We can come to a conclusion that both the explicit vocabulary teaching technique (mind-mapping) and the implicit vocabulary teaching approach (inferred passage) brought lexical gains to the students in both groups. This finding is in line with the viewpoint of Carter and Nation (2001), who suggest that both the explicit and implicit methods can be effective.
Nevertheless, in comparison, when word meanings were explicitly taught to the subjects through mind-mapping, semantic and short term recall of the target words were better than when the word meanings had to be inferred from the passages. This finding ran to Krashren’s argument that ‘competence in and vocabulary is most efficiently attained by comprehensible input in the form of reading’ (Krashen 1989, p.440). Krashen maintains that according to his Comprehensible Input Hypothesis which assumes that we acquire language by understanding messages (p.440), comprehensible input is the essential to language acquisition and ‘vocabulary and spelling are acquired in the same way the rest of language is acquired’ (p.440).
H3: The experimental(implicit) of the study shows progress from the pre-test to post-test of study. Before answering this question and presenting the descriptive results based on the experimental group’s scores on the pretest and posttest of the study, the issue of whether or not scores follow a normal distribution should be investigated. Figure 4.5 is the histogram of the scores with a symmetrical shape showing the normality of the distribution.
On the basis of the table (4.7), that the F value in the treatment row equal is 18.635 above shows that there is a significant different between the two research groups (EG, CG). In addition the sig. value (.000) in the same row shows that it is above the p-value (p>0.5). Hence it is stated that different between the mean scores is not haphazard or accidental and the third hypothesis supported and fourth null hypothesis is rejected.
In order to answer this question, ANCOVA was conducted for finding any significant differences in the level of progress achieved by the control group. In all of these analyses the significant level was set at p < .05.
H4: The control group (explicit) of study does not show progress from pre-test to the post-test study. In order to answer this question, ANCOVA was conducted for finding any significant differences in the level of progress achieved by the control group. In all of these analyses the significant level was set at p < .05.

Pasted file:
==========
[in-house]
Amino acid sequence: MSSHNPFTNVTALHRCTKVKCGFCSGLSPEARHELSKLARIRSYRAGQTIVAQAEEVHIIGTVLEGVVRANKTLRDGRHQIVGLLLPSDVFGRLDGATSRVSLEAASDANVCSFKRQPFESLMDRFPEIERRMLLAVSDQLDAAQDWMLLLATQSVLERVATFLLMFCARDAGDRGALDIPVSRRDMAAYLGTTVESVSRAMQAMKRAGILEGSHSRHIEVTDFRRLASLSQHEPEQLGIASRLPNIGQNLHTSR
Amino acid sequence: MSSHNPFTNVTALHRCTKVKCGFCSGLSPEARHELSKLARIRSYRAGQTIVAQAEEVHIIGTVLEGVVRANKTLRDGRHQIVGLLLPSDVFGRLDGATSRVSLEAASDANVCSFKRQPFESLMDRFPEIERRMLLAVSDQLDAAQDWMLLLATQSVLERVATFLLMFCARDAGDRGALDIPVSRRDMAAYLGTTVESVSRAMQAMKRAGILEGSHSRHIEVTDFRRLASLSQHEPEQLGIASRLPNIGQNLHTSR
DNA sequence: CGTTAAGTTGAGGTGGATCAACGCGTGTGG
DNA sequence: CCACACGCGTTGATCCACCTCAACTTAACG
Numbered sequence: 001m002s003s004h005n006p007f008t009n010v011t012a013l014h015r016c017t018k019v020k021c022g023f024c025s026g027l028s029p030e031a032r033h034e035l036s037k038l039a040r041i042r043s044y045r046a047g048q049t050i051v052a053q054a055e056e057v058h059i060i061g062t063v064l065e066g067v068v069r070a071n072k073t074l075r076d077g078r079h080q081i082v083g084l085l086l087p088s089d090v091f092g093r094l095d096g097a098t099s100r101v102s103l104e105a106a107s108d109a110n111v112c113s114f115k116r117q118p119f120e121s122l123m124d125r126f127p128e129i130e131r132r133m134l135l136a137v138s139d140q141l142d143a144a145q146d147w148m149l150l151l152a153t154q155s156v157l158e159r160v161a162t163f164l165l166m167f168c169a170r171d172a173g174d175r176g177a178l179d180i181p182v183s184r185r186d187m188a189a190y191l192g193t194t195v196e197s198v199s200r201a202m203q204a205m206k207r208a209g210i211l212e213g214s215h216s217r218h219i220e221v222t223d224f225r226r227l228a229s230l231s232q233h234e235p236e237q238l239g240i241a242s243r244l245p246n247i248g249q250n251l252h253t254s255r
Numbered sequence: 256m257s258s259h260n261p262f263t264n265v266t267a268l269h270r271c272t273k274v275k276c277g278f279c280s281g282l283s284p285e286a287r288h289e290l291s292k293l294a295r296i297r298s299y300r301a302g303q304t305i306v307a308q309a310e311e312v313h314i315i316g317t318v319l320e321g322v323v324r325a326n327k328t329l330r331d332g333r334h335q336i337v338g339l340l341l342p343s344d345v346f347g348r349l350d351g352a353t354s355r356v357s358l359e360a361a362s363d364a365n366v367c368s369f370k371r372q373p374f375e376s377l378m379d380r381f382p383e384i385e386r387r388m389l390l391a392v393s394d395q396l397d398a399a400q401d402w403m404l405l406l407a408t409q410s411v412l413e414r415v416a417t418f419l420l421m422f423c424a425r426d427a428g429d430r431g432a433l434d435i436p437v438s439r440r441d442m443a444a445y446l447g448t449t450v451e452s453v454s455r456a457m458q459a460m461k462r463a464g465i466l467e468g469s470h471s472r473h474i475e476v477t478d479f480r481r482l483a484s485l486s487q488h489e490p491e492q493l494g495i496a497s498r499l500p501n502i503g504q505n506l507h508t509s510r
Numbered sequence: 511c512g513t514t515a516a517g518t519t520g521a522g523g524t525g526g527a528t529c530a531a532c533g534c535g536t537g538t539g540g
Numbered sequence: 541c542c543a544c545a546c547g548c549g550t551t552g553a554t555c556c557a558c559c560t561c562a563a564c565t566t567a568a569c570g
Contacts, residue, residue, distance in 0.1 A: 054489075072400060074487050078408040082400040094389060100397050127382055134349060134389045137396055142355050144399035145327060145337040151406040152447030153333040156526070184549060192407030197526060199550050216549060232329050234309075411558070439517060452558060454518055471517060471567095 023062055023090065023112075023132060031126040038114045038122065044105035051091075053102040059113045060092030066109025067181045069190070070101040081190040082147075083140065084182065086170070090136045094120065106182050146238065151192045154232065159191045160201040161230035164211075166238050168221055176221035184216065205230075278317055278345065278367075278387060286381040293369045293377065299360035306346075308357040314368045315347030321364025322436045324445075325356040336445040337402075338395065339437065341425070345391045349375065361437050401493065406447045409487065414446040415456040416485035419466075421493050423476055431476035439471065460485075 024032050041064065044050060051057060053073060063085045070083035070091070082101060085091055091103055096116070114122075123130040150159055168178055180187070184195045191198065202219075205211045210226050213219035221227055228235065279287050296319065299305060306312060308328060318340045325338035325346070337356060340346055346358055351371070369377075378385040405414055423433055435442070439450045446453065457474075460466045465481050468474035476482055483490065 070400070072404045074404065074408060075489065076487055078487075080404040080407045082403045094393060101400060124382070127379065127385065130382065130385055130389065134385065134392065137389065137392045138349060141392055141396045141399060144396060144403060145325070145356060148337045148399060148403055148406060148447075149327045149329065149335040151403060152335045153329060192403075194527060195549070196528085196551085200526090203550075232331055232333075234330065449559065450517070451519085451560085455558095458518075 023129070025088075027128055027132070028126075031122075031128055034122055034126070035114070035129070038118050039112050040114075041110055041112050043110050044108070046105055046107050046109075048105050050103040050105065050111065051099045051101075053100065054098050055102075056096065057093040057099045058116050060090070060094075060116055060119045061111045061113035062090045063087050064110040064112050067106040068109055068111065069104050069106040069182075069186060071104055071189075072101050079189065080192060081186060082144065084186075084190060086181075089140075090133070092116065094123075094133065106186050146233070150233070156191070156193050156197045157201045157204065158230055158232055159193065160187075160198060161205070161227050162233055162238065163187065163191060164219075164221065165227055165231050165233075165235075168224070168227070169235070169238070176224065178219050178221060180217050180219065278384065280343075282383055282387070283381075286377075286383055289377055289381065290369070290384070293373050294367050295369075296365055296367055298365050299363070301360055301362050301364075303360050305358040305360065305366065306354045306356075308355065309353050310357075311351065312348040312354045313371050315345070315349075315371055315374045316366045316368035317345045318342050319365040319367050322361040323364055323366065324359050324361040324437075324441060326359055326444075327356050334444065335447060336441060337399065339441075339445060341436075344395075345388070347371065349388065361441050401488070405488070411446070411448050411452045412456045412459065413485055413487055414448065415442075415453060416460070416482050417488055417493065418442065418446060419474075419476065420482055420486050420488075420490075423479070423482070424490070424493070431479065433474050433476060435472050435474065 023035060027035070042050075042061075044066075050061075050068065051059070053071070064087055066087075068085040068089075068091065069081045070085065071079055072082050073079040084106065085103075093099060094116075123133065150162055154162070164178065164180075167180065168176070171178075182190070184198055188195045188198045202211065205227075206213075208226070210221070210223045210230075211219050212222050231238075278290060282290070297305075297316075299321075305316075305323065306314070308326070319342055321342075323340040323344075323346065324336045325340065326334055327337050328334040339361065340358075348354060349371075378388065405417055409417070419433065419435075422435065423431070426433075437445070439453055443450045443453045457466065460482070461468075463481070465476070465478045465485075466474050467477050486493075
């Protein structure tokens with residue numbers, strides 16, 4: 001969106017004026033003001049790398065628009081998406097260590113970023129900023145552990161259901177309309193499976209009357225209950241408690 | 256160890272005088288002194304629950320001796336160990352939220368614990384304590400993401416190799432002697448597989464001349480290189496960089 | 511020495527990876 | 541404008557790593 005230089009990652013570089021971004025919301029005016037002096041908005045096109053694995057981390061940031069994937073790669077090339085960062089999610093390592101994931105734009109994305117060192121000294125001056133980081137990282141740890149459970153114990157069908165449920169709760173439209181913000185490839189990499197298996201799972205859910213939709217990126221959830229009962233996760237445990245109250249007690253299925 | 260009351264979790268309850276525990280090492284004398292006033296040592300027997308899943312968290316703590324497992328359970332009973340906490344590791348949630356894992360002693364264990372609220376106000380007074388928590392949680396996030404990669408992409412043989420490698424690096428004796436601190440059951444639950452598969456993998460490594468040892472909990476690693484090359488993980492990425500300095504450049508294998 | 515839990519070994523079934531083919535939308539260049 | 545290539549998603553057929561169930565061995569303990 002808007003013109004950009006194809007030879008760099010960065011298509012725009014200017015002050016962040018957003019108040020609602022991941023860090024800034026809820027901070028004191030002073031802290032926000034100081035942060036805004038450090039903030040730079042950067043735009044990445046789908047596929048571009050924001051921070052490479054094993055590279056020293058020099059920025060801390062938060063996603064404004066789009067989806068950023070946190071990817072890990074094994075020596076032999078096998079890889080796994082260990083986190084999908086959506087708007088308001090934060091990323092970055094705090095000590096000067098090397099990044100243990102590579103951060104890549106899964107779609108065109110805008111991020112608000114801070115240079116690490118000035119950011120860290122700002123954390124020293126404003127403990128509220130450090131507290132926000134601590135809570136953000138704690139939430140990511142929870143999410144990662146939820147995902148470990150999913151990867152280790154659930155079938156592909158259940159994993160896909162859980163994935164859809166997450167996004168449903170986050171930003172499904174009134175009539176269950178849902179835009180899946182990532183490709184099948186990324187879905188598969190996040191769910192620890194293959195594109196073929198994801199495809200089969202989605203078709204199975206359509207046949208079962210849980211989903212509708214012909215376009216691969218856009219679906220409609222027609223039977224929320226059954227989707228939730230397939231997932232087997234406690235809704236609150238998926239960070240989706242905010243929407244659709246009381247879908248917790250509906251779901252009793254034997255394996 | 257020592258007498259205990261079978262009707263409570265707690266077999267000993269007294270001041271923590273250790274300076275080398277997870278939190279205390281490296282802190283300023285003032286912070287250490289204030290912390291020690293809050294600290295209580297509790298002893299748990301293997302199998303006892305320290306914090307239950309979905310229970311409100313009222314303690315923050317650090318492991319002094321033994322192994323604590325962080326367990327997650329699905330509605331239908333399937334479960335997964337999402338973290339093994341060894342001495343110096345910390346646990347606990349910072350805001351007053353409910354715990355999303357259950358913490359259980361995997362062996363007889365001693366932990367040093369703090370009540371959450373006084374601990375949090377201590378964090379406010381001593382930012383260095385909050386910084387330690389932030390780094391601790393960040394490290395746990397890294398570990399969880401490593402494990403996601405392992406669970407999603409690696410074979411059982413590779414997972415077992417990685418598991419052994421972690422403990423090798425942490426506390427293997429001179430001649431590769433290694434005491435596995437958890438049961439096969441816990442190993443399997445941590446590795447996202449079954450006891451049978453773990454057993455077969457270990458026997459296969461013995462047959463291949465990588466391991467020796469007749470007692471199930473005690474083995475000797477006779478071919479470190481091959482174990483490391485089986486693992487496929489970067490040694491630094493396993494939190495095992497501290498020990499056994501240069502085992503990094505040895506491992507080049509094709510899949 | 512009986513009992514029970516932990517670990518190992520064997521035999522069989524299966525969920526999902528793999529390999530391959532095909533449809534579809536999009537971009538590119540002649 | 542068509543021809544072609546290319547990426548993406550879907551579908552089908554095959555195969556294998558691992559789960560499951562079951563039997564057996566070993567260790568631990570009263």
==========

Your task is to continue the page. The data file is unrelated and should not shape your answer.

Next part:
It is true that vocabulary is central to a language and is of paramount importance to a language learner as Ellis (1999) claims that “the cornerstone of L2 is its vocabulary. Instruction is an important contributor in the development of vocabulary knowledge. Implicit vocabulary teaching and learning method involves indirect, or incidental whereas the explicit method involves direct, or intentional. This paper attempts to find out and compare the effects of the two vocabulary teaching methods on 60 students studying in a Tonekabon University. Control Group (explicit vocabulary teaching) and Experimental group (implicit vocabulary teaching), each group was given a different modes of instruction. During the lessons different explicit vocabulary presentation techniques used including mind-mapping, Persian equivalents and English synonyms and definitions. Subsequently, the teacher utilized an inferred method for teaching vocabulary implicitly which means students were supposed to guess the words from the passages by using context clues. The researcher used the, the Independent T-Test, Analysis of covariance. The T-tests compared the means of the pretest and posttest scores of each group. ANCOVA was used to identify the progress level from the pretest to the posttest in the groups. The results obtained by the implicit group shows students gained new vocabulary moderately better. And also findings of study in the explicit vocabulary teaching method revealed that in terms of students’ short term recall of word meanings and the students did well in word retention. The results of this study have important implications for the classroom and make a strong case for implicit and explicit vocabulary instruction.